20/20 Blind

Since the age of five, I have had horrible eyesight. My kindergarten art teacher was the first to notice. I had difficulty seeing the image on the screen we were supposed to draw and she retorted, “Maybe you need glasses.” So, after my parents confirmed that I was indeed having trouble seeing the blackboard in school, they took me to get my first set of glasses. One can only imagine my horror at the prospect of being the first person in my kindergarten class to enjoy the nickname of “four-eyes.” The glasses were large, thick, and resembled Coke bottles of yesteryear.

I was relieved when, two years later, I received a new pair of glasses that were much smaller and not as conspicuous. In fact, so familiar was I to bulky glasses, that I panicked one day when I could not find my prized new pair. They were so small that I had taken them off and lost them accidentally. I searched high and low, under my pillow, between the couch cushions, on the bathroom counter. They were nowhere to be found.

Finally, when I was sure that they had vanished into thin air and had prepared myself for the spanking of the century for so carelessly losing my new pair of glasses, I tearfully approached my father with my predicament. “Dad, I can’t find my glasses.” I couldn’t bear to watch him reach for his belt, so I closed my eyes and braced for my all-but-certain whipping…only to hear him reply, “What? You haven’t lost them at all! They’re sitting on your nose!” I had searched every nook and cranny of our house looking for my glasses in vain…when all the time they were literally right in front of me. I was seeing with 20/20 vision, but was still blind.

Christians are often like that. We evidently have great clarity and insight when it comes to the sins of others. We can diagnose problems, give explanations, and prescribe what must be done to get back on track. But when it comes to our own sins, we look quizzically to the skies and ask, “What sins?” It is to this brand of spiritual farsightedness that Jesus spoke in Matt. 7:1-5. In the mind of our Lord, pointing out the mistakes of others when we have glaring weaknesses of our own makes as much sense as looking past a log in our own eye to remove the sawdust in another’s. I am sure that Jesus had no problem coming up with this illustration; he had spent more than twenty years in his father’s carpentry shop. Jesus knew first-hand the hazards of mashed thumbs from an errant hammer and the haze of sawdust that hung in the air of the shop. How many times had he paused his work to get a speck of literal sawdust out of his eye? It seems natural, therefore, that Jesus would turn to such a vivid illustration to press his point home. Sometimes we suffer from spiritual farsightedness and are in need of a new prescription from the great physician.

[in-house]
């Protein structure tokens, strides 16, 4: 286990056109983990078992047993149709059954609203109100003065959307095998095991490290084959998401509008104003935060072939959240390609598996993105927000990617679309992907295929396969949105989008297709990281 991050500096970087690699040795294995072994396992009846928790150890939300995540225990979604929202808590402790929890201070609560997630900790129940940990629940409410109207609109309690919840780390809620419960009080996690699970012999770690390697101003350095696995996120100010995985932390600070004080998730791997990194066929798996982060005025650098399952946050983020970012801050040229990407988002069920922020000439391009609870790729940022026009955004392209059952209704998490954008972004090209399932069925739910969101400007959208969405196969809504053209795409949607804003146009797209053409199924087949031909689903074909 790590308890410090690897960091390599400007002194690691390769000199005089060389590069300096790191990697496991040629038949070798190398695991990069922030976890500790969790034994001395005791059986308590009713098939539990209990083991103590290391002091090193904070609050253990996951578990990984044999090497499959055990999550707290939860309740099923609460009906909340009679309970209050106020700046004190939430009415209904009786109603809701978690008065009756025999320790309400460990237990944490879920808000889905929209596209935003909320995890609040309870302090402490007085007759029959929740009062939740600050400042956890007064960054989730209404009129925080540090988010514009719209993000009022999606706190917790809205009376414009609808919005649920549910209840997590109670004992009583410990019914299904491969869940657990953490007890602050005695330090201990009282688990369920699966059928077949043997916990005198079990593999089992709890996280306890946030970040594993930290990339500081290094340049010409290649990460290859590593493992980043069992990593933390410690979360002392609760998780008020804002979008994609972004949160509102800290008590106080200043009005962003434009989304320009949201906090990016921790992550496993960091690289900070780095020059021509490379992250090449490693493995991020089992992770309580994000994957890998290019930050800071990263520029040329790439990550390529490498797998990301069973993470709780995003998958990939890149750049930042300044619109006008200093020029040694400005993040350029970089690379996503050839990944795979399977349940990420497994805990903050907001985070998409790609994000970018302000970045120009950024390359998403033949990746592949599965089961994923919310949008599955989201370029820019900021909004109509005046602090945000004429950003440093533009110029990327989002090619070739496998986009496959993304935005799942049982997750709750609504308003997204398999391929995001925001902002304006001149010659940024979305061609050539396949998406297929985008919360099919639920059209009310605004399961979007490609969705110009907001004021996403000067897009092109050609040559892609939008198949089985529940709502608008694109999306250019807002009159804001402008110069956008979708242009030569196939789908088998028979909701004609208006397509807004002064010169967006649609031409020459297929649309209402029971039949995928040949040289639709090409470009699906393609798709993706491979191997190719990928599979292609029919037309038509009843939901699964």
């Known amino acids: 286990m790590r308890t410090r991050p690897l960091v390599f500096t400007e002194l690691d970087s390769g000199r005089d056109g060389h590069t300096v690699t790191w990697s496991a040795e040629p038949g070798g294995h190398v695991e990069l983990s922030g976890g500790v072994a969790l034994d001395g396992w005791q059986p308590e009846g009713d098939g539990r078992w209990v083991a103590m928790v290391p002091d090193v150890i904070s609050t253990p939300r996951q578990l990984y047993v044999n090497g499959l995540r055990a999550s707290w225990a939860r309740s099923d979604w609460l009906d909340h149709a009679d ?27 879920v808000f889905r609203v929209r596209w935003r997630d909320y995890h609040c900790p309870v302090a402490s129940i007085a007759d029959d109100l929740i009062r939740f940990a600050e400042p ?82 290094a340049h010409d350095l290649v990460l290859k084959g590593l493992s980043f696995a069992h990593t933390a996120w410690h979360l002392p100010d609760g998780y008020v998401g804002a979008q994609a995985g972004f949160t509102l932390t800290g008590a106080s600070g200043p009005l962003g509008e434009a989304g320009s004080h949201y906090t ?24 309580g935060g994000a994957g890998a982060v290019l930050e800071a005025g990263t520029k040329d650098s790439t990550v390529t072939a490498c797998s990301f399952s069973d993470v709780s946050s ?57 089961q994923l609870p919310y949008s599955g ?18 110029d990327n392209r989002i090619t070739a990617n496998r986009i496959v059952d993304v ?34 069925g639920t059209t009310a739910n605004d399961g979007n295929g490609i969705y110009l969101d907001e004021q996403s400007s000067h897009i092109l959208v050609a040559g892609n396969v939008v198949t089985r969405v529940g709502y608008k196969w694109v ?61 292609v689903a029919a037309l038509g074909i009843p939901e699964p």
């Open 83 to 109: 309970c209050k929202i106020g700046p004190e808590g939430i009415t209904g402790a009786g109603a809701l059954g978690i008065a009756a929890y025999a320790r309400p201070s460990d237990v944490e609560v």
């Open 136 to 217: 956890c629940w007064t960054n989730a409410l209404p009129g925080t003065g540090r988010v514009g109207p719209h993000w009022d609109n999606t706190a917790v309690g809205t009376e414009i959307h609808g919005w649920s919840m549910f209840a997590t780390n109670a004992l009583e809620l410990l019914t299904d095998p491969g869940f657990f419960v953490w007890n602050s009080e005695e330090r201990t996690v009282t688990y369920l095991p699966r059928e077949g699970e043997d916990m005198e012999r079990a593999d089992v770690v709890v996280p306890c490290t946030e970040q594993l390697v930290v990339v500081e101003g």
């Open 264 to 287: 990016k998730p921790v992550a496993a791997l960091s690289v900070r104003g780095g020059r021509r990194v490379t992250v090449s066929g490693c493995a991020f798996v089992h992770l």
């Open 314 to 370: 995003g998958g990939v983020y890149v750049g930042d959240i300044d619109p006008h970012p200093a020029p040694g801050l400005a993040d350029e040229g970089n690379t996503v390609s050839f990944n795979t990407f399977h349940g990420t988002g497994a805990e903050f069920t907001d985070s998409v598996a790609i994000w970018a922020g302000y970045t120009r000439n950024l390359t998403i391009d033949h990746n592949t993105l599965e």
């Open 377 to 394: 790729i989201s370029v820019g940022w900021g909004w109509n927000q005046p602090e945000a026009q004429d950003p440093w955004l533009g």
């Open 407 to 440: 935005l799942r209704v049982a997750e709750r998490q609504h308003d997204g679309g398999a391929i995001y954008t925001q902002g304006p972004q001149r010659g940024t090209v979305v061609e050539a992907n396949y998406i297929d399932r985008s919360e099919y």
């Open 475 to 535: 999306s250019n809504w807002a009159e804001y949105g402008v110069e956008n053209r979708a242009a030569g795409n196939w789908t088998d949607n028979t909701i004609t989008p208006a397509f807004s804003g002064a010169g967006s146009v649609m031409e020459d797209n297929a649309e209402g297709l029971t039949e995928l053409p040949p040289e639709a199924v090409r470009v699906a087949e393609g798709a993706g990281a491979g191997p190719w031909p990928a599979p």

When it comes to seeing the weaknesses and faults of others, we seemingly enjoy 20/20 vision; yet all the while, we are blind to our own mistakes. To borrow a phrase from Jas. 3:10, “My brothers, this should not be.” You and I are not candidates to help others with their sins until we have come to grips with our own. On the other hand, what God has done in my life to help me become a better person makes me the perfect candidate to help others with their own life. It begins with my looking in the mirror and removing the 2×4 lodged in my spiritual eye. Only then am I equipped to help others handle the speck of sawdust in their own.

I want to encourage you to try something just for today. Every time you feel yourself making judgments about others and condemning them in your mind, alert yourself and simply pause. Remind yourself that you could very well be responding to a reflection of yourself that you see in another person. You might quickly discover that you suffer from spiritual farsightedness. You are able to gaze into the lives of others with 20/20 clarity, but are hopelessly blind to your own mistakes.

Little Boy Oliver

Charles Dickens’ classic, Oliver Twist, is a story about a young orphan in England. At the age of nine, Oliver was forced to work with little food and one day approached the cook with his outstretched bowl. The classic line, “Please sir, more,” lives on in English literature as the quintessential request of a beggar in need of help.

When it comes to the human plight of sin and the gift of God’s grace, we are all proverbial Olivers standing before the throne with tattered rags and empty bowls, asking for more grace. God, in his indescribable love, grants our request and removes our sins as far as the east is from the west (Psa. 103:12). The problem is with how we take that grace and sometimes refuse to extend it to those around as.

Simply put, grace is to be passed on, but we prefer to keep it to ourselves.

Jesus warned his followers that how they judge others will determine how they themselves are judged, especially by God. We all want God to be merciful when he judges us on the final day. We long for him to take everything into account and cut us some slack, but we turn right around and fail to extend the same courtesy to others.

This story from Jesus illustrates how absurd this really is:

Therefore, the kingdom of heaven is like a king who wanted to settle accounts with his servants. As he began the settlement, a man who owed him ten thousand talents was brought to him. Since he was not able to pay, the master ordered that he and his wife and his children and all that he had be sold to repay the debt. The servant fell on his knees before him. ‘Be patient with me,’ he begged, ‘and I will pay back everything.’ The servant’s master took pity on him, canceled the debt and let him go. But when that servant went out, he found one of his fellow servants who owed him a hundred denarii. He grabbed him and began to choke him. ‘Pay back what you owe me!’ he demanded. His fellow servant fell to his knees and begged him, ‘Be patient with me, and I will pay you back.’ But he refused. Instead, he went off and had the man thrown into prison until he could pay the debt. When the other servants saw what had happened, they were greatly distressed and went and told their master everything that had happened. Then the master called the servant in. ‘You wicked servant,’ he said, ‘I canceled all that debt of yours because you begged me to. Shouldn’t you have had mercy on your fellow servant just as I had on you?’ In anger his master turned him over to the jailers to be tortured, until he should pay back all he owed. This is how my heavenly Father will treat each of you unless you forgive your brother from your heart.

Matthew 18:23-35